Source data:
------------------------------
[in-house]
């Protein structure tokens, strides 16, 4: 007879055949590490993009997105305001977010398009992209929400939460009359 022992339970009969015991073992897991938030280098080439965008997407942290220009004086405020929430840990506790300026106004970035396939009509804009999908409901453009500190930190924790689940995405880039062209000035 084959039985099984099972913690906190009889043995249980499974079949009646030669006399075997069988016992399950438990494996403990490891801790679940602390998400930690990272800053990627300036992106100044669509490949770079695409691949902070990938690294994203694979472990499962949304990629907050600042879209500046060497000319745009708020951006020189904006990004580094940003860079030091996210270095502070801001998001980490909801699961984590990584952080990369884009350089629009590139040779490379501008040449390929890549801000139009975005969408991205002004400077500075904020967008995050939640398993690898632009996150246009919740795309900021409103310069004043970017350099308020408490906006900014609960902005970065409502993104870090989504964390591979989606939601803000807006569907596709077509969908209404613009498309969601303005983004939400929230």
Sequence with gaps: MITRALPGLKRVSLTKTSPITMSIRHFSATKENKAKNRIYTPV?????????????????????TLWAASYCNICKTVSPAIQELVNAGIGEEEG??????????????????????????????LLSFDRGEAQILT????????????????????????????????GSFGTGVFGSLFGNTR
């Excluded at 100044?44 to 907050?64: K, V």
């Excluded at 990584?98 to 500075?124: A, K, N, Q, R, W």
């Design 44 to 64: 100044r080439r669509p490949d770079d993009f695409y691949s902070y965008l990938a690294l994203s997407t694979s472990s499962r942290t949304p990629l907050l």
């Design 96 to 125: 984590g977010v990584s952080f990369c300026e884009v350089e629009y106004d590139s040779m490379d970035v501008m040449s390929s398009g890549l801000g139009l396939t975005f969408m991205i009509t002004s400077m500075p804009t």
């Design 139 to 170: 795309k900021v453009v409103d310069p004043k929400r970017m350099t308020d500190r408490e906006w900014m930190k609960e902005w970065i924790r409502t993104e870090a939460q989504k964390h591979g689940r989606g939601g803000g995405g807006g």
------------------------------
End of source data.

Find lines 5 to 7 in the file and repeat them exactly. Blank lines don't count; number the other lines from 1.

């Excluded at 990584?98 to 500075?124: A, K, N, Q, R, W």
């Design 44 to 64: 100044r080439r669509p490949d770079d993009f695409y691949s902070y965008l990938a690294l994203s997407t694979s472990s499962r942290t949304p990629l907050l």
């Design 96 to 125: 984590g977010v990584s952080f990369c300026e884009v350089e629009y106004d590139s040779m490379d970035v501008m040449s390929s398009g890549l801000g139009l396939t975005f969408m991205i009509t002004s400077m500075p804009t």